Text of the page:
This article originally appeared on Change.org's Medium blog. We have obtained all rights from the author to publish it on Threading Twine.
This article refers to International Worker's Day, which occurs annually on May 1st. May Day has already occurred this year; however, the information in this article is still relevant and shares important information on taking action.
Today on International Worker’s Day, immigrants, workers and allies across the country are hitting the streets to fight back against President Trump’s immigration agenda. From New York to California, today’s actions come after months of organizing against what activists are calling “Trump’s deportation machine.”
Closing out his first 100 days in office, the president has already begun to barrel ahead on his campaign promises to ramp up deportation and immigration enforcement. In March, Department of Homeland Security (DHS) Secretary John Kelly announced that DHS would be arresting undocumented people guilty of any criminal offense (including illegal entry), that Immigration and Customs Enforcement (ICE) would be adding 10,000 new agents, and that eligibility for expedited deportation would be significantly expanded.
Immigrant communities immediately began to feel the painful impacts of these policy changes, as parents with no criminal record were apprehended in front of their children, and victims of domestic abuse were stopped by ICE when going to report their abusers. Last month, DHS deported its first DREAMer after stating that people protected under the Deferred Action for Childhood Arrivals (DACA) program would not be targeted. Immigrant rights activists feel that this is the latest line crossed in a series of actions taken by the administration to target immigrant communities, separating families and unnecessarily punishing people who contribute to the economy. In response, people across the country looked for digital organizing tools to demand justice — and many turned to Change.org.
High school students Jassary and Chris also turned to online petitions when they felt that their families’ were being threatened. Their state of Texas had just proposed a law that would punish cities which chose to provide sanctuary to undocumented immigrants by reducing communication between local law enforcement and Immigration and Customs Enforcement (ICE). Both Jassary and Chris have loved ones who are undocumented, and worried that they could be deported under the proposed bill. Their petitionquickly grew to over 33,000 people but not before both the House and Senate passed a version of the law. Texas SB 4 is now awaiting Governor Abbott’s signature as activists do everything they can to convince him not to pass it into law.
Over in California, Oswaldo Martinez sent to immigrant detention after an interaction with law enforcement like those described under Texas SB 4, leaving his 10-year-old daughter to support his wife as she battled with health problems. Oswaldo wanted to do everything that he could to get back to his family and avoid deportation, so he enlisted the help of Community Initiatives for Visiting Immigrants in Confinement (CIVIC), who started a Change.org petition asking for his release. In April he was granted a bond hearing, a heartening step in a potentially long process towards being reunited with his family.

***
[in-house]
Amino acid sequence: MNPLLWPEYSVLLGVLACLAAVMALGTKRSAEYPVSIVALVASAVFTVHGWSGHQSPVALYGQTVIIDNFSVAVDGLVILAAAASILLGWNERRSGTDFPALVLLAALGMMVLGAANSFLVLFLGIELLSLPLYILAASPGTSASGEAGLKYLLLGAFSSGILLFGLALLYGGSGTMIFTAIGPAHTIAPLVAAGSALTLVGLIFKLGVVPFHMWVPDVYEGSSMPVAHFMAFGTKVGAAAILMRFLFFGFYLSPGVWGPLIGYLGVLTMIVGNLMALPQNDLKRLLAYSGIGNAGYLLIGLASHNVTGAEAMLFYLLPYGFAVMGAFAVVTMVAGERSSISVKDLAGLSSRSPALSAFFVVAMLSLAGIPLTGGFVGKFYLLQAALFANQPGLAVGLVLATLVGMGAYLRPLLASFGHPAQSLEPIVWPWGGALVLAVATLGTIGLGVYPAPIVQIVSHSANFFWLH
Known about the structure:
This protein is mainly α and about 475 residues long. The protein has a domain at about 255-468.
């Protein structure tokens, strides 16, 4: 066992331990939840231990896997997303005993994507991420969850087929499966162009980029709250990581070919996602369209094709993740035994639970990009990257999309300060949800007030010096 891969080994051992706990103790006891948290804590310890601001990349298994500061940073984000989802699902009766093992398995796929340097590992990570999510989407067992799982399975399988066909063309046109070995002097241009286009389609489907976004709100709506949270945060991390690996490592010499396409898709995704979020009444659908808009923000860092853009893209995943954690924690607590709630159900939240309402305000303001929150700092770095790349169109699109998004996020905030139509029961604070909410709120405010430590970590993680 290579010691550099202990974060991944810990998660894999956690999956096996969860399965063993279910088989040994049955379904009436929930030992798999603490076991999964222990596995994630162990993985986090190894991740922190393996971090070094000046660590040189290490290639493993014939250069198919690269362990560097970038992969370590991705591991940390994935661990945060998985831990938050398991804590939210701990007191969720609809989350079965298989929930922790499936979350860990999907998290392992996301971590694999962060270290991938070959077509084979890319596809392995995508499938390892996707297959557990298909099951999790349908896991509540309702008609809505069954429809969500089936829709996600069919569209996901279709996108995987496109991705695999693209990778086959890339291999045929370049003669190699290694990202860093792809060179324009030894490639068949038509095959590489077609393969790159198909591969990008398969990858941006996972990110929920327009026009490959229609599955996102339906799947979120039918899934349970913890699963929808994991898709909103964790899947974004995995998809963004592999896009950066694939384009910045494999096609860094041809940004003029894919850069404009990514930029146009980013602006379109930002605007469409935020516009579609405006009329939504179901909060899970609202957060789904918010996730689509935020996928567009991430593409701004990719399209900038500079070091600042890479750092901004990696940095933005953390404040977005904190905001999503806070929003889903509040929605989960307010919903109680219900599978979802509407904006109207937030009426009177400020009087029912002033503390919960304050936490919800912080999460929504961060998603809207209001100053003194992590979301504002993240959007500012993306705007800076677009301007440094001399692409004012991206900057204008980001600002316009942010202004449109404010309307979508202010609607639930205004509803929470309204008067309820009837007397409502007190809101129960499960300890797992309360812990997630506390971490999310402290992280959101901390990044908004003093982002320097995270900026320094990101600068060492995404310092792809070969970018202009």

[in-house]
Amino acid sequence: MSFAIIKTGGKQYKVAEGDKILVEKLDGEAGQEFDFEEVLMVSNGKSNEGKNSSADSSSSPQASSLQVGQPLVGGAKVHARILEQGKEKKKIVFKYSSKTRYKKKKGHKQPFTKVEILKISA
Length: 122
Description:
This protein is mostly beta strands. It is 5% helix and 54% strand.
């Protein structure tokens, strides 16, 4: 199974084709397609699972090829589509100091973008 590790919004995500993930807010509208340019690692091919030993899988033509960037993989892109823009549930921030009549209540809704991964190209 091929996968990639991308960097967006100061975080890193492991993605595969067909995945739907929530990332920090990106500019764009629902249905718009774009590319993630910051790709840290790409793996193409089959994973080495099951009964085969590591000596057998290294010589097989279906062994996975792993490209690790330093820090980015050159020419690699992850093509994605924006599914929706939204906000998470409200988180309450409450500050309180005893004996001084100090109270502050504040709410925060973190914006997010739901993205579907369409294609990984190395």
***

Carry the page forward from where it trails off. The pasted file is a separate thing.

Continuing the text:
Angelo Cabrera is also intimately familiar with the pain many immigrants feel when separated from the country which has become their home. After living in New York for 24 years, he traveled back to Mexico to re-apply for legal status, but his application was denied. “I remember I was seated with my parents in Mexico and when I told them the news, we all started to cry,” he said in an interview. Angelo started a petition and two years later, with the help of his supporters and family, he was granted the visa waiver he needed to return to the United States.
He has been back for a year now, working with the immigrant community in New York. He says that people are scared now that Trump has come into office and many children are afraid that their parents could be apprehended by immigration agents while they are away at school. “I remember a 10th grade student telling me that one day she arrived home and her mother was not there. She called her cell phone and wasn’t able to reach her, so she panicked until she found her mother at the supermarket.” That day she asked her mother to always pick up her phone.
Angelo knows that if he were applying for his visa under this administration, his chances of ever getting back to the United States would be very slim, so he’s channeling all his energy into supporting immigrants like himself. “This government does not value the humanity and kindness of our immigrant community,” he says. But luckily, there are thousands of people across the country who are using digital tools to demonstrate that they do.
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